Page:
Oral Cholic Acid Is Efficacious and Well Tolerated in Patients With Bile Acid Synthesis and Zellweger Spectrum Disorders

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We would like to thank Klouwer and associates for their thoughtful comments regarding our recently published article, “Oral Cholic Acid is Efficacious and Well Tolerated in Patients with Bile Acid Synthesis and Zellweger Spectrum Disorders,” and would like to clarify a few of the points they raised (1). Although we agree that patients with single enzyme defects (SEDs) and Zellweger spectrum disorder (ZSD) represent 2 distinct and different classes of patients, our findings aim to provide a summary of the clinical information gathered that culminated in the approval of cholic acid (CA) by the Food and Drug Administration (FDA) in March 2015. The information reported included all patients who had been treated before approval of the new drug application. This includes a group of ZSD patients whose initial cohort was studied under an FDA Orphan Drug Grant (2) and subsequently individual patients who were enrolled with a final cohort of 20 ZSD patients included in the intent-to-treat analysis of CA. We do present the outcomes of urinary bile acid excretion, liver chemistries, and height/weight separately for the ZSD and SED cohorts in Figures 1–3.
The choice of the worst-to-best comparison was chosen because of the nature of the data, the rarity of the disease, and was based upon agreement between the sponsors and the FDA during the drug review process. The worst to best analysis provides patients and caregivers with information as to what type of efficacy they may be able to anticipate. This is critical as the natural history of ZSD is not well understood and our data provide important long-term insights into the clinical outcomes with CA treatment. Because this was not a randomized trial, participants did not have regularly scheduled study visits and were followed at a variety of sites throughout the United States and Canada. One of the goals was to determine the greatest potential impact that CA would have. As a consequence we utilized the worst baseline to the best post-treatment values. In addition, we added sensitivity analysis of best-to-best, worst-to-worst, and median to median; however, to best illustrate the true potential efficacy of the drug, we felt that the worst-to-best analysis was the best method available.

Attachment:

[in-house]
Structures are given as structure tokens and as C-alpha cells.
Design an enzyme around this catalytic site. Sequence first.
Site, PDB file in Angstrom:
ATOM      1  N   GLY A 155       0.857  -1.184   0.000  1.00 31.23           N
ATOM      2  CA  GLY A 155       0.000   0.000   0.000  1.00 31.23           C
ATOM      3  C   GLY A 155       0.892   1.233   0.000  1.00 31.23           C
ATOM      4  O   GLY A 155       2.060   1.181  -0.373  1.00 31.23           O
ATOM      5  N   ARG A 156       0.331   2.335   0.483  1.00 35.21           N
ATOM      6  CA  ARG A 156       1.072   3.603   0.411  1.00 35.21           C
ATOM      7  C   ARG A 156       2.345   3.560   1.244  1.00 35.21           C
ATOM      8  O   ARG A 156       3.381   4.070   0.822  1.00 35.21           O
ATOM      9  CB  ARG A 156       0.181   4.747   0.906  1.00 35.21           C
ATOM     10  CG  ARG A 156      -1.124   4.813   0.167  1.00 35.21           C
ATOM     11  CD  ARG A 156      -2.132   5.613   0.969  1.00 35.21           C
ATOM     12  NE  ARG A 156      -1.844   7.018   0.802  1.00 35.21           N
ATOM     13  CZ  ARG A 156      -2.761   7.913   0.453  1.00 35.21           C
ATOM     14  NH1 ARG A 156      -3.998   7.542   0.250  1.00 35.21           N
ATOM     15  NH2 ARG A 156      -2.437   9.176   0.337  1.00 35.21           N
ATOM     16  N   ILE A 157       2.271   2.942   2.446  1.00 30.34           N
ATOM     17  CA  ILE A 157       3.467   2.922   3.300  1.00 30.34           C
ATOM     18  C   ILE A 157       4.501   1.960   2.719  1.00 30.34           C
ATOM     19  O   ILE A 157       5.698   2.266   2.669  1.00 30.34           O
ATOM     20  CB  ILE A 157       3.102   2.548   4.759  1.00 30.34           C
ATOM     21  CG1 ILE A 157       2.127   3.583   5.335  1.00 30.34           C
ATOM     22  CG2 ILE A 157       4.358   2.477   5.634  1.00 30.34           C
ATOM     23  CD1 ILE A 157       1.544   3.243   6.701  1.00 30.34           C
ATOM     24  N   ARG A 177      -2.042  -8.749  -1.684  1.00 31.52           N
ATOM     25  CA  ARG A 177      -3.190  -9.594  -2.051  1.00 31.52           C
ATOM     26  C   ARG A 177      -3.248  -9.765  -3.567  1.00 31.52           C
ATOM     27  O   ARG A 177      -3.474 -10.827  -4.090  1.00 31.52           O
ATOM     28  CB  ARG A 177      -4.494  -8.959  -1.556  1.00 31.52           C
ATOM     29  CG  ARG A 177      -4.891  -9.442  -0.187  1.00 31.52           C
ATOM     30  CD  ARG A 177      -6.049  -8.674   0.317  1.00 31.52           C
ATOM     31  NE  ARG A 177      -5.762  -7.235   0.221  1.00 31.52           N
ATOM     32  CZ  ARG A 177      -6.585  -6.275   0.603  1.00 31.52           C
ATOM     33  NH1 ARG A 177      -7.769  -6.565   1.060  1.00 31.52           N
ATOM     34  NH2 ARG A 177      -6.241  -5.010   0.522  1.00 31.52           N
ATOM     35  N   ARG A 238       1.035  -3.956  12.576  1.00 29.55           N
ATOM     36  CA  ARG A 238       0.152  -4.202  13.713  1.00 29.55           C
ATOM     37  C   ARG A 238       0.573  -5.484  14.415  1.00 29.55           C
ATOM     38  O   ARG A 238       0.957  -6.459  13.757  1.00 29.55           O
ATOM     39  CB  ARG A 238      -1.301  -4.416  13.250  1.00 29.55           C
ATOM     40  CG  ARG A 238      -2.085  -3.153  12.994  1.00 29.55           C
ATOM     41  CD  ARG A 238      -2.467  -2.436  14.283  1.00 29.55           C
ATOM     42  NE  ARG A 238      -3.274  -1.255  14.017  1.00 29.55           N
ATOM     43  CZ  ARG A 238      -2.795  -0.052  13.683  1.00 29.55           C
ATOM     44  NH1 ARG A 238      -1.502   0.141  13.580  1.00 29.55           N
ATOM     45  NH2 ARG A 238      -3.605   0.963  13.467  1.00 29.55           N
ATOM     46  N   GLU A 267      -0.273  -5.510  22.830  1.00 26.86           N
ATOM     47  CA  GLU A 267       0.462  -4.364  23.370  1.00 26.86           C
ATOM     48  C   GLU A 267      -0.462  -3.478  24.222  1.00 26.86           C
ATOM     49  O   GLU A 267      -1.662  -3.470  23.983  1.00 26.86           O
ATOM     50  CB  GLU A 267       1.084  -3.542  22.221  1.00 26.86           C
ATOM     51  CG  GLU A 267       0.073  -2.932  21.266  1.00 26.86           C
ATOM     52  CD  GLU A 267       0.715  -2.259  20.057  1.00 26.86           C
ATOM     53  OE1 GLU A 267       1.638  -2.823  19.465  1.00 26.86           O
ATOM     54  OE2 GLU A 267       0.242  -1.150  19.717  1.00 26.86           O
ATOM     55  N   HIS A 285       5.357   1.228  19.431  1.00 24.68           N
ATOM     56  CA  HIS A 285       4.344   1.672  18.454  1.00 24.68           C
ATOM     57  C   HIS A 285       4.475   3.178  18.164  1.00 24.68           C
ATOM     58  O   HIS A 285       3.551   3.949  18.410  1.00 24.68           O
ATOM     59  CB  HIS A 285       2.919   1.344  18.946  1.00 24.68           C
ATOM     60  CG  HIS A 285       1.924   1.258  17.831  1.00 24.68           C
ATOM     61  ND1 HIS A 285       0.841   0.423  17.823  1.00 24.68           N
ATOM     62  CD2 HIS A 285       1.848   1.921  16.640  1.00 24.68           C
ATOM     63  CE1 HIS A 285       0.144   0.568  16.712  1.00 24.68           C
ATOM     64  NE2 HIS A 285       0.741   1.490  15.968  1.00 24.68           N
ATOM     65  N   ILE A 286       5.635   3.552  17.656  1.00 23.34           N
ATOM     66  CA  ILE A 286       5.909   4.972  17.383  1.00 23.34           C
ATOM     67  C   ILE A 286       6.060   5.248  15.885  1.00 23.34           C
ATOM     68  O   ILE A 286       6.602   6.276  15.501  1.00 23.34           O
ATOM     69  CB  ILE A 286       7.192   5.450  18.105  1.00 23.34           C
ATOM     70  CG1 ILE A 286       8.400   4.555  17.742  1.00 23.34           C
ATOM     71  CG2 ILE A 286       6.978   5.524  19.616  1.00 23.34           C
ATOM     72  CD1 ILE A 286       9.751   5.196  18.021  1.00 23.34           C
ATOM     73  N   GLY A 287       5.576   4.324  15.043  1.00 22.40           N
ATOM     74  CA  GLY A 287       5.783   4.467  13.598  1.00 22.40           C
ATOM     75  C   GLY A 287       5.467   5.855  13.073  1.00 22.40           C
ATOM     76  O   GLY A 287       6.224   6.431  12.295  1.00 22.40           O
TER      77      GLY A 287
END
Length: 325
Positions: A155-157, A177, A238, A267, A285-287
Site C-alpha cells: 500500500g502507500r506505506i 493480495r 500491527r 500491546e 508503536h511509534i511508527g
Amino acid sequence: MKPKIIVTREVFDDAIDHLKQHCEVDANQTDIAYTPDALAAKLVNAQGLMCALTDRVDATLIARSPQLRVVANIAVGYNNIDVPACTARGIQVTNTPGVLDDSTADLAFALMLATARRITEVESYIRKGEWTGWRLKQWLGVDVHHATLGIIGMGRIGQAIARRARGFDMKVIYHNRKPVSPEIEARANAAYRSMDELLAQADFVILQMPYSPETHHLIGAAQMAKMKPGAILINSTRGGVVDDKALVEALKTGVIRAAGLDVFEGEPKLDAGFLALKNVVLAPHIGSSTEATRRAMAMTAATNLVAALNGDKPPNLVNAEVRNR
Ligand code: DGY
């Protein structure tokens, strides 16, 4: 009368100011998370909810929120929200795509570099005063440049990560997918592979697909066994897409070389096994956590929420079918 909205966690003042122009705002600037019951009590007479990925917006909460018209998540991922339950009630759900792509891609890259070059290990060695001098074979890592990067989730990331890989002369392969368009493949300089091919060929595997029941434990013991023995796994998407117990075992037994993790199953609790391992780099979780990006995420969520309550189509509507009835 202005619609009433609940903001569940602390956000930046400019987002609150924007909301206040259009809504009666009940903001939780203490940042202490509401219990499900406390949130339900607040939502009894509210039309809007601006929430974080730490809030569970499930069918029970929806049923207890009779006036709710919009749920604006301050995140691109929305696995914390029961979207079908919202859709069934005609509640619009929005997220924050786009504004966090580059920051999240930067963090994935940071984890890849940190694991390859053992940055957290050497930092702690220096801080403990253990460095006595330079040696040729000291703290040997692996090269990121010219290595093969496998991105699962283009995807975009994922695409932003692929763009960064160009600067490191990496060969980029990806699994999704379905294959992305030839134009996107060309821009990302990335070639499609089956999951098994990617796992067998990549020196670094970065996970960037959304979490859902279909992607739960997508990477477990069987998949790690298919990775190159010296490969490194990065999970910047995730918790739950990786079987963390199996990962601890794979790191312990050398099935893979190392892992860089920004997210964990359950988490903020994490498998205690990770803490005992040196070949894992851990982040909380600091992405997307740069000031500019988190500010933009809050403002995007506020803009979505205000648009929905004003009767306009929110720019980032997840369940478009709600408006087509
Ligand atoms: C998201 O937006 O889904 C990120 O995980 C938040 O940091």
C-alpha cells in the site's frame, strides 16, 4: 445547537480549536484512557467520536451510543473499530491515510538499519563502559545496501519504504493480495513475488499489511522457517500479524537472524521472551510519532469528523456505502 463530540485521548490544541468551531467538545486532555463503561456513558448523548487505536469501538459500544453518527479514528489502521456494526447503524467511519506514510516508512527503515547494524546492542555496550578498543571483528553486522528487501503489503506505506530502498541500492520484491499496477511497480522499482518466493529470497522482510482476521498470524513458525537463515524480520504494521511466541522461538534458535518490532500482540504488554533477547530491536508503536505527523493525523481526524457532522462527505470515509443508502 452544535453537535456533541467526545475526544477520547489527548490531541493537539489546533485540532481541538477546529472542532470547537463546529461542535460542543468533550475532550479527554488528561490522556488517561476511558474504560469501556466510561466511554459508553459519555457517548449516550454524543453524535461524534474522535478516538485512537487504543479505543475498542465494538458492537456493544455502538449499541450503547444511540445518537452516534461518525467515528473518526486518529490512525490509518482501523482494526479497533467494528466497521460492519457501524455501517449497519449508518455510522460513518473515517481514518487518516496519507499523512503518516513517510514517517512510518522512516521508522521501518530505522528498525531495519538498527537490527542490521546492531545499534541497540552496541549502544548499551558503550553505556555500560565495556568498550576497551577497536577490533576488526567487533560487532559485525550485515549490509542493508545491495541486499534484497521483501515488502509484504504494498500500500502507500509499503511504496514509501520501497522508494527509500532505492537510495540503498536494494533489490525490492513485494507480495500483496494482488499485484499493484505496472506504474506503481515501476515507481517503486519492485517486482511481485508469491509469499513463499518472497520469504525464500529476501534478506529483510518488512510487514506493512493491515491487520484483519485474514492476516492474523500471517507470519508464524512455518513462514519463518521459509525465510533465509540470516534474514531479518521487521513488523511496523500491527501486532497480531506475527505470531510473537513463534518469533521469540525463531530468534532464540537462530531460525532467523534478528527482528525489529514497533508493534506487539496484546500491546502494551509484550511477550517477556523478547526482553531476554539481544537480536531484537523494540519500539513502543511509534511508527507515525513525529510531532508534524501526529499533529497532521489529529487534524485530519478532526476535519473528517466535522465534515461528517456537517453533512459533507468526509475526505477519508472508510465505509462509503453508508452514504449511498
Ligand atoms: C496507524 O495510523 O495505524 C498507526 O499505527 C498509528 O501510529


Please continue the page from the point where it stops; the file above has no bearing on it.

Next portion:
Our experience with CA treatment in 20 ZSD patients provides insight into long-term outcomes that may be anticipated with treatment of CA and varies from that of published experience of Berendse et al (3). Our findings report long-term outcomes of treated patients over a span of 18 years, whereas those of Berendse et al reported on 9 months of treatment. With 9 months of treatment, the Berendse study describes their group 1 patients as responding well to CA treatment, with a significant decline in C27-bile acid intermediate levels in plasma and urine, and our review of Fig. 2 suggests liver function stabilized and was maintained during the study period in these patients. The authors also state in their discussion that the treatment period of 9 months was too short to be able to conclude whether CA had an effect on clinical progression.
Furthermore, the populations from the 2 cohorts were different in age. The median age of participants at initiation of treatment in the Berendse study was 14 years versus a median age of 10 months in our study. In addition, in contrast to the participants in the study of Berendse et al, of whom only 21% had increased serum alanine aminotransferase at baseline, 59% had elevated serum alanine aminotransferase at entry in our study, which normalized with CA treatment in 52%.
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